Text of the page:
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Film society? I have always wondered how that works? Getting permission to screen?
'A film society is a
membership-based club where people can watch screenings of films
which would otherwise not be shown in mainstream cinemas.' ( From Wikipedia, the free
No admittance is allowed to charged at the door. Season membership has to be canvassed, which isn't an easy task. The money collected covers the hire of 16mm films from major and minor distributors. To keep the running of the society afloat a good deal of product screened was supplied free of charge from the then National Library Of Australia, who supplied 16mm films to film societies.
Film societies were low on the totem pole though with the major 16mm silm distributors. If a film was found to have been double booked and the other organisation turned out to be a RSL club or like, guess who ended up receiving the film and who received a last minute, often inferior substitute film?
We screened silent films, such as The Cabinet Of Dr. Caligari. Battleship Potemkin and The Big Parade and classic sound comedies included I'm No Angel and Never Give A Sucker An Even Break and numerous Laurel and Hady sound shorts such as Tit For Tat and silent Buster Keaton shorts. There were many foreign language films screened including Seven Samurai,The World Of Apu and The Blue Angel. Titles from MGM that had once been television prints, completre with short black bars placed to indicate where commercials were to have been inserted. There were hundreds and hundreds to chose from going right back to the early days of sound. A good deal of the main films we screened though were modern films of the day that were neglected titles that had not been screened at the local cinema, or were never likely to have been due to little box office appeal. Of course to be a film society a certain amount of paperwork was required to be filled out, and you then had to be approved to qualify. Fondly remembered films than I selected and were screened include a very short 5 minute film from The National Film Board Of Canada titled Matrioska and a hilarious 21 minute comey short featuring W.C. Fields titled The Destist. .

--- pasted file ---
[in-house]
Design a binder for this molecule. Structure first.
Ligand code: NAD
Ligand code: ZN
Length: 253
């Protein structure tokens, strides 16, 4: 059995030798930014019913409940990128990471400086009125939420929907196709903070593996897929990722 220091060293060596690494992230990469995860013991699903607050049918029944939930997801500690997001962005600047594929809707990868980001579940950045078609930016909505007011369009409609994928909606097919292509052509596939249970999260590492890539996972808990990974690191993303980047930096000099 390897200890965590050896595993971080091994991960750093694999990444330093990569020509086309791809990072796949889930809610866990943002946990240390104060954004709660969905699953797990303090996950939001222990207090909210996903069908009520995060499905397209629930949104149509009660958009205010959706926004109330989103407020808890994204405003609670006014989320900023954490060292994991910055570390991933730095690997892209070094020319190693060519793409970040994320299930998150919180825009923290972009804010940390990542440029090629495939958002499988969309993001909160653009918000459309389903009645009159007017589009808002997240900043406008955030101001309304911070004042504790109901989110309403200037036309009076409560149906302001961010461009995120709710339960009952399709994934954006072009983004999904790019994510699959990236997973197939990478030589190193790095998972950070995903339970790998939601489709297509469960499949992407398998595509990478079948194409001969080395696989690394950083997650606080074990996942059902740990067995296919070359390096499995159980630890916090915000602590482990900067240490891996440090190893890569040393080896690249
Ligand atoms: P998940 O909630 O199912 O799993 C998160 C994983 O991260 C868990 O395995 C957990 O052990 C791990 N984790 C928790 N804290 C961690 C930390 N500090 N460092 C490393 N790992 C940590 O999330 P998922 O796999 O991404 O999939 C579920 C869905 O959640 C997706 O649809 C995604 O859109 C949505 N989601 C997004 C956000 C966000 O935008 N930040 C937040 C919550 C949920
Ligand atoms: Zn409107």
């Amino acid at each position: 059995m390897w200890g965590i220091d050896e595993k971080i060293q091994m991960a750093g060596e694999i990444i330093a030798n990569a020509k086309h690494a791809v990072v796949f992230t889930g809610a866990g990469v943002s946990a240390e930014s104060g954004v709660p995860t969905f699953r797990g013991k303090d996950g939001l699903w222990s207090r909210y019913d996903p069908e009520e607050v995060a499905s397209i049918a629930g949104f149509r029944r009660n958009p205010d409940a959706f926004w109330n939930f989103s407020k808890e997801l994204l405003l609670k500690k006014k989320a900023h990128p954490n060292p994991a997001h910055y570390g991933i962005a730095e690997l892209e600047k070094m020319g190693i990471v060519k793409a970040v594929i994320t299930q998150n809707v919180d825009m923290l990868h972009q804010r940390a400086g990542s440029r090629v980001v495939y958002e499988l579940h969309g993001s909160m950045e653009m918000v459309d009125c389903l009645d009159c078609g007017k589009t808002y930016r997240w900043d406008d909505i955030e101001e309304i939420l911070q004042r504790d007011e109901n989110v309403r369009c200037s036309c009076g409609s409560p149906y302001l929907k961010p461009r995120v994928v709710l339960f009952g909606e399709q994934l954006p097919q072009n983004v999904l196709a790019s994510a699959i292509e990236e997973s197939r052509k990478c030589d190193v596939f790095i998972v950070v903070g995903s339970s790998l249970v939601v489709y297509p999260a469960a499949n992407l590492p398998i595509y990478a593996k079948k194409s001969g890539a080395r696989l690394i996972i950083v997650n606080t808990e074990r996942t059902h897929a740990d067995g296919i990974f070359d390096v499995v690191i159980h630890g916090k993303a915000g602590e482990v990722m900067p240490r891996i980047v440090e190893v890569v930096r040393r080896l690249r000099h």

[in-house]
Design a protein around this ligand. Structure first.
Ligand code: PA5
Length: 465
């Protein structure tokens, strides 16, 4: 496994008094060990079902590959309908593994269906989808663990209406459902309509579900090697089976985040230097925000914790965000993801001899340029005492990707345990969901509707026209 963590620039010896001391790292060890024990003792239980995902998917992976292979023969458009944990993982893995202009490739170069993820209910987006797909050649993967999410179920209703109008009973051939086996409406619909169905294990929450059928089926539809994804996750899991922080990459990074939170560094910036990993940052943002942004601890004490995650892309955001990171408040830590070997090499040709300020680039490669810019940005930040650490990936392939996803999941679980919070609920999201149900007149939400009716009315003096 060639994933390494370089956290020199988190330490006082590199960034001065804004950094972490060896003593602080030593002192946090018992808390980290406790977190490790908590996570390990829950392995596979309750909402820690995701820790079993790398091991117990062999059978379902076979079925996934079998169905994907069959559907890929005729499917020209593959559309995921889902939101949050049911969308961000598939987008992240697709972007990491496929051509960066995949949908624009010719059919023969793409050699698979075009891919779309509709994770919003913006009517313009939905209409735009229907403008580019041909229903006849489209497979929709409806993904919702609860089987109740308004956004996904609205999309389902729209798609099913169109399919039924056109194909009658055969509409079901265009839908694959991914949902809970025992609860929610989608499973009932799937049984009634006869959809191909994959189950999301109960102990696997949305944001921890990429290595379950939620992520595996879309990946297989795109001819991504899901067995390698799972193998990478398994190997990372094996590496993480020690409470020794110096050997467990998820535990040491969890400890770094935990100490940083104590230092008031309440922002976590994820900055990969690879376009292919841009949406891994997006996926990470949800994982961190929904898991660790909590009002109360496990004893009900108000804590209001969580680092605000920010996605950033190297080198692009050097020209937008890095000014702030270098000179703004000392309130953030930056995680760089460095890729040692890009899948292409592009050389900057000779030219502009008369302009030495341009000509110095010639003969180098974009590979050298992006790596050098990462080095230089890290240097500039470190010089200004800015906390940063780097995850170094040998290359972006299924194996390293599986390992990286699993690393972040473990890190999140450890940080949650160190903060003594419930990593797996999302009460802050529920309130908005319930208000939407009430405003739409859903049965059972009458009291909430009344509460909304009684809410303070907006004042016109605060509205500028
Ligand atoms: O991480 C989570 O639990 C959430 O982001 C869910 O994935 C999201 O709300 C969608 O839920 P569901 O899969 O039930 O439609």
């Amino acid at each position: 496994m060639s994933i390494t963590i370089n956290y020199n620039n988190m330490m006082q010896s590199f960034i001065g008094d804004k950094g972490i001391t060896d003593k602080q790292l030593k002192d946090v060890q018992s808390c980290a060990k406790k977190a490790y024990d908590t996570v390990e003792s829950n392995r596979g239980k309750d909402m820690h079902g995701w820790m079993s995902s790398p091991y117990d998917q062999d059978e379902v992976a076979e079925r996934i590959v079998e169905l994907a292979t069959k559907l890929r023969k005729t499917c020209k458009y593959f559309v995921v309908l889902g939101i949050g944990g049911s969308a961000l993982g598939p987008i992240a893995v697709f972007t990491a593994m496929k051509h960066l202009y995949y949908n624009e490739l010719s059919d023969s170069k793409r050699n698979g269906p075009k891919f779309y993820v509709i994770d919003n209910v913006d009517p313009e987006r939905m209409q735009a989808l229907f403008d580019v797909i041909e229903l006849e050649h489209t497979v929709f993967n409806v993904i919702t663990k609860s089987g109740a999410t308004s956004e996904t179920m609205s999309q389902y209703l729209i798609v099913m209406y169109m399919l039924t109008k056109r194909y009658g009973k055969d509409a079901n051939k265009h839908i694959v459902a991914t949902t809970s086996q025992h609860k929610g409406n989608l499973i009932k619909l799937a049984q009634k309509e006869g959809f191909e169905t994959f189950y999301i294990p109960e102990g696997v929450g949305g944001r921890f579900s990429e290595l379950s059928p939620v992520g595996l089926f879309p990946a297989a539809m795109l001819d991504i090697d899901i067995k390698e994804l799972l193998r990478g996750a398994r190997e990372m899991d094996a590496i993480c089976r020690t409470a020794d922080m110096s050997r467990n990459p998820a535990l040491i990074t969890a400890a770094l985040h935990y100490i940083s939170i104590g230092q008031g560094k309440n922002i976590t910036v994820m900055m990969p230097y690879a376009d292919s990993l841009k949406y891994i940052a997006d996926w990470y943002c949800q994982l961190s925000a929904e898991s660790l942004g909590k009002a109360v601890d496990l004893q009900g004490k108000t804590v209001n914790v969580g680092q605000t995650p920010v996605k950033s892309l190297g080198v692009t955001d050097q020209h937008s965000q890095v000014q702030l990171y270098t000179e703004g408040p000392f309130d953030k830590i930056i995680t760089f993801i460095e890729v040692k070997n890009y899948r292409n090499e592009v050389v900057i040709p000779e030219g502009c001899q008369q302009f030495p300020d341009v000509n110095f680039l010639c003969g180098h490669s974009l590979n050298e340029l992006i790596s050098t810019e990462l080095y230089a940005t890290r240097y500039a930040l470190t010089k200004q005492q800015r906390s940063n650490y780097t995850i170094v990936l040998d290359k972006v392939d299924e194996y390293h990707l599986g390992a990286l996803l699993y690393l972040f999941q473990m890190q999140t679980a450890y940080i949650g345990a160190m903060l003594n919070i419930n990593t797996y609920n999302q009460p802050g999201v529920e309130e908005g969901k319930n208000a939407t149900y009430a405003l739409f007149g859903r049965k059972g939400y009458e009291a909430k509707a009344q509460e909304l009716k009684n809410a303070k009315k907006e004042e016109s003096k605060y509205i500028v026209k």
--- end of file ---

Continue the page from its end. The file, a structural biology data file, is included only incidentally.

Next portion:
( 1970 ) ( 1932 )
Some of the silent films we screened were supplied to us without a music track. My friend the projectionist went to great effort to select appropriate music to accompany the films. Sometimes this worked, in the case of The Cabinet Of Dr, Caligari brilliantly, but occassionly very badly ( sleep inducing ) with Battleship Potemkin. I have since seen a Battleship Potemkin 35mm print with an original music written for the film and some added sound effects on the film's soundtrack, and wow what a different film experience was delivered.
I probably need to finish up, but seeing this is a War movies thread I thought it would be approprate to end with mentioning more about a war film listed earlier. This film was The Big Parade ( 1925 ), The print we received was the 1930 re-release version, with music and synchronized sound errects added. A big film production from MGM in its day which was interesting viewing.
321 For whom the Bell Tolls (1943)
320. Rats of Tobruk
319. The Sea Shall Not Have Them (1955)
323. Downfall? She looks very familiar!
322: Edge of Darkness (1943)
Thanks for the clue Lawrence, I needed it.#324 The Steel Bayonet (1957)
I believe 326 is from The Great Escape (1963)
Wow Lawrence, you sure do find some obscure stuff
#325 Between Heaven and Hell (1956)
#328 American Guerrilla in the Philippines (released in other English-speaking countries as "I Shall Return") 1950